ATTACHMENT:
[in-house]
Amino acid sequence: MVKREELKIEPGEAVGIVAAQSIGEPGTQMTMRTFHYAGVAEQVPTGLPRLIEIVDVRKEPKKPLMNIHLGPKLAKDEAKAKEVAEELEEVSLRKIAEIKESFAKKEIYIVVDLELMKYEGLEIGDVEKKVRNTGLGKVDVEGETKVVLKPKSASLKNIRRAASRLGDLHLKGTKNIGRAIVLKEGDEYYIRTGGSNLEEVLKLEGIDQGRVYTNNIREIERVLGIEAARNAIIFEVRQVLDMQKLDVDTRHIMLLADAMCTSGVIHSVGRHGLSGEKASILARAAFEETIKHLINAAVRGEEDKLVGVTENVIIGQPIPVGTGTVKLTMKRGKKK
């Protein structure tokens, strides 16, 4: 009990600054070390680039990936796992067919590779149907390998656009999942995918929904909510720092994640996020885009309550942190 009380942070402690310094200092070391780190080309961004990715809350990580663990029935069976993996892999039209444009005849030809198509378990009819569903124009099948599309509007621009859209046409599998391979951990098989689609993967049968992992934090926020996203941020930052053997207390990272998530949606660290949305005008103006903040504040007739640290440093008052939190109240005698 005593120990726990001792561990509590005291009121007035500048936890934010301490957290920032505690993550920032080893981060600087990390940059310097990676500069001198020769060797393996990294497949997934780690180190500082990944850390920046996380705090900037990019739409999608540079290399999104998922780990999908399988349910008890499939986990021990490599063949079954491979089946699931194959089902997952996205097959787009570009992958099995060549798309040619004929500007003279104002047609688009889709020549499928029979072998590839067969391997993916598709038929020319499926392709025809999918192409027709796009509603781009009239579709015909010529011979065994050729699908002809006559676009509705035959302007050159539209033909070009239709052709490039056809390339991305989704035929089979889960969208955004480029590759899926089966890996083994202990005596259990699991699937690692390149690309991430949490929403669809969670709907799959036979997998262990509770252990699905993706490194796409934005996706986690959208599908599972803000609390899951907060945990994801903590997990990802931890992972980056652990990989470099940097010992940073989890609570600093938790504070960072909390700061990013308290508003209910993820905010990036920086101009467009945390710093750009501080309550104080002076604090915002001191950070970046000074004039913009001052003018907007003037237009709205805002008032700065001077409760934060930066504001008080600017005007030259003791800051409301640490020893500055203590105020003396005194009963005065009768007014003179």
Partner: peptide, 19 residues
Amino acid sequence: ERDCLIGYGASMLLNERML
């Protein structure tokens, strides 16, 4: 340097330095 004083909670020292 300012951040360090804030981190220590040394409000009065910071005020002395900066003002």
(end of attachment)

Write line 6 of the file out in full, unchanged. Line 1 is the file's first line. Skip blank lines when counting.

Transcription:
């Protein structure tokens, strides 16, 4: 340097330095 004083909670020292 300012951040360090804030981190220590040394409000009065910071005020002395900066003002």